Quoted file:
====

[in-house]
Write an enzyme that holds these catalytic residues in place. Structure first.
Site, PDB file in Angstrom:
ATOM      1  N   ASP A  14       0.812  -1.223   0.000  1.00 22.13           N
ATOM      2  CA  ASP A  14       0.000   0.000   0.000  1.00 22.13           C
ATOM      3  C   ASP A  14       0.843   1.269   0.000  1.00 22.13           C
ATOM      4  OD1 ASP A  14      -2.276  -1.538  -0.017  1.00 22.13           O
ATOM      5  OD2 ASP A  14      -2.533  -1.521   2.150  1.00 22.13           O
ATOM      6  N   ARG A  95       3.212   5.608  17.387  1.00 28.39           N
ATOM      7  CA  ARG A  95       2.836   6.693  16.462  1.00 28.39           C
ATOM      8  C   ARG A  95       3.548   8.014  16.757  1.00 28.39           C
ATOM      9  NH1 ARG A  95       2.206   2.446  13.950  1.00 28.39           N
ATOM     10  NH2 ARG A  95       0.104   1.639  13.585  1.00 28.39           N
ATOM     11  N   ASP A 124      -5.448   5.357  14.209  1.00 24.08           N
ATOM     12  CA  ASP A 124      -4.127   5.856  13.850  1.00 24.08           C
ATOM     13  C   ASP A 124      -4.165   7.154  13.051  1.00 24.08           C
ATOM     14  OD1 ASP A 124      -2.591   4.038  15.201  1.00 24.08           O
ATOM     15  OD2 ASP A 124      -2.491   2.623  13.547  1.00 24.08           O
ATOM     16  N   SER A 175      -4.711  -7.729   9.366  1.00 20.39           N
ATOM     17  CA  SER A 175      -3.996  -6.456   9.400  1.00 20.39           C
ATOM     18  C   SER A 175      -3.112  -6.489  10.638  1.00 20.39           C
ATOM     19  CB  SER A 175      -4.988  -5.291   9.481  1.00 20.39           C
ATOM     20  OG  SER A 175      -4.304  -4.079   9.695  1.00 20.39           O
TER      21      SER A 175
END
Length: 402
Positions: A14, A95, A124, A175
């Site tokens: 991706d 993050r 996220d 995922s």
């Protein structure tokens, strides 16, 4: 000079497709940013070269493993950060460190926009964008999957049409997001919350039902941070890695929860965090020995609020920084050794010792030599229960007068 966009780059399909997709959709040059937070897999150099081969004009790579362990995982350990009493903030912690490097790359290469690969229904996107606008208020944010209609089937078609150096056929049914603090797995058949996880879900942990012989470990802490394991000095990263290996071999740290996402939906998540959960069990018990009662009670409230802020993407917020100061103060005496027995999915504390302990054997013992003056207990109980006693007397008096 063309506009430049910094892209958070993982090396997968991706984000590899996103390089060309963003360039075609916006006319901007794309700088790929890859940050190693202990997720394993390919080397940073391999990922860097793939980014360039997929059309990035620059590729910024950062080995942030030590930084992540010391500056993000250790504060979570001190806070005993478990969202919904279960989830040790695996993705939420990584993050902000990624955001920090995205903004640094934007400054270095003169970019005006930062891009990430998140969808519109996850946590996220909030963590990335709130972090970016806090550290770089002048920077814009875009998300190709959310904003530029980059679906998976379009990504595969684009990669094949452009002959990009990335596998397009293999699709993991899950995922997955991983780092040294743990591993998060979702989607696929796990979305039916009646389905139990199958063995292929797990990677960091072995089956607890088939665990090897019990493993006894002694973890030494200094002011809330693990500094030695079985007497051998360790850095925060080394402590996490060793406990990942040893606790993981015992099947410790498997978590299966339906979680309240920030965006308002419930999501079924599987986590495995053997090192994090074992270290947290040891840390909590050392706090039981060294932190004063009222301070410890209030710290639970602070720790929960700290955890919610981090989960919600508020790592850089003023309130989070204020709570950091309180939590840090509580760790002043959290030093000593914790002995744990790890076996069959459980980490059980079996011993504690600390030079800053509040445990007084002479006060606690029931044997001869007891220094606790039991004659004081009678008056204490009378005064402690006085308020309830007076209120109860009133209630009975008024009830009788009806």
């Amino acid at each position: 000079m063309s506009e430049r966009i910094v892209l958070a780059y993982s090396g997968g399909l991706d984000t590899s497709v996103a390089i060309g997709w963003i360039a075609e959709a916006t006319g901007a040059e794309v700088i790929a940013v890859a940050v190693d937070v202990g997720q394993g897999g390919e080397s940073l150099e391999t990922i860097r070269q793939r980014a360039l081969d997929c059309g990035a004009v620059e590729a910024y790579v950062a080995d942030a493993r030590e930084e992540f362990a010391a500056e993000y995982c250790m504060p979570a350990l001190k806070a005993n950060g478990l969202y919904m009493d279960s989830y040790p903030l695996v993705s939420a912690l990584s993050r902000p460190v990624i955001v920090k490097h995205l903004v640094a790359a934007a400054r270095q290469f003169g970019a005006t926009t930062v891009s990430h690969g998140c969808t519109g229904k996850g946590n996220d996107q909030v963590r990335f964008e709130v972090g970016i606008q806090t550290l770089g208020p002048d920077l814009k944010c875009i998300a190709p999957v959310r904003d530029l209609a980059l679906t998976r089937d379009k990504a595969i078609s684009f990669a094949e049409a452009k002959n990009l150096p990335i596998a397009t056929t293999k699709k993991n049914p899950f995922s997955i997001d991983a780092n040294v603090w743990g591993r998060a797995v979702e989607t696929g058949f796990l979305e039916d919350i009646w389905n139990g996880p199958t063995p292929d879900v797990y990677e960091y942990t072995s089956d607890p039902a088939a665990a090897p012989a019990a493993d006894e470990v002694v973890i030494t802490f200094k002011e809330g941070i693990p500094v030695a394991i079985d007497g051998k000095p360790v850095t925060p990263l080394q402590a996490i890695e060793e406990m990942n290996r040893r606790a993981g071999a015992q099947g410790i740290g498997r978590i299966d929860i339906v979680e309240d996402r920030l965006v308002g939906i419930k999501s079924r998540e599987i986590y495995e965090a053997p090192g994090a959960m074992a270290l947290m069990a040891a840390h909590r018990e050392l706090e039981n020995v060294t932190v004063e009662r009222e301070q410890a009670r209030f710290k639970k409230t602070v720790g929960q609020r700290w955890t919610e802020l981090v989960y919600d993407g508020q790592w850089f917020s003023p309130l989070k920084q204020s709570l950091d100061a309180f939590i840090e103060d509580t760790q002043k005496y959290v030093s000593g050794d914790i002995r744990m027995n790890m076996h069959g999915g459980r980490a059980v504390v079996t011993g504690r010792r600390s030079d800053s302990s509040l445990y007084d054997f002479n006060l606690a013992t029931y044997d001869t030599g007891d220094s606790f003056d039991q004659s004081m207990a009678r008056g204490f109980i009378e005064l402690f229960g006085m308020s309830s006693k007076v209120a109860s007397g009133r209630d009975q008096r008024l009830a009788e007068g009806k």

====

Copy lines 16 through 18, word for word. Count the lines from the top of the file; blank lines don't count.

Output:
ATOM     13  C   ASP A 124      -4.165   7.154  13.051  1.00 24.08           C
ATOM     14  OD1 ASP A 124      -2.591   4.038  15.201  1.00 24.08           O
ATOM     15  OD2 ASP A 124      -2.491   2.623  13.547  1.00 24.08           O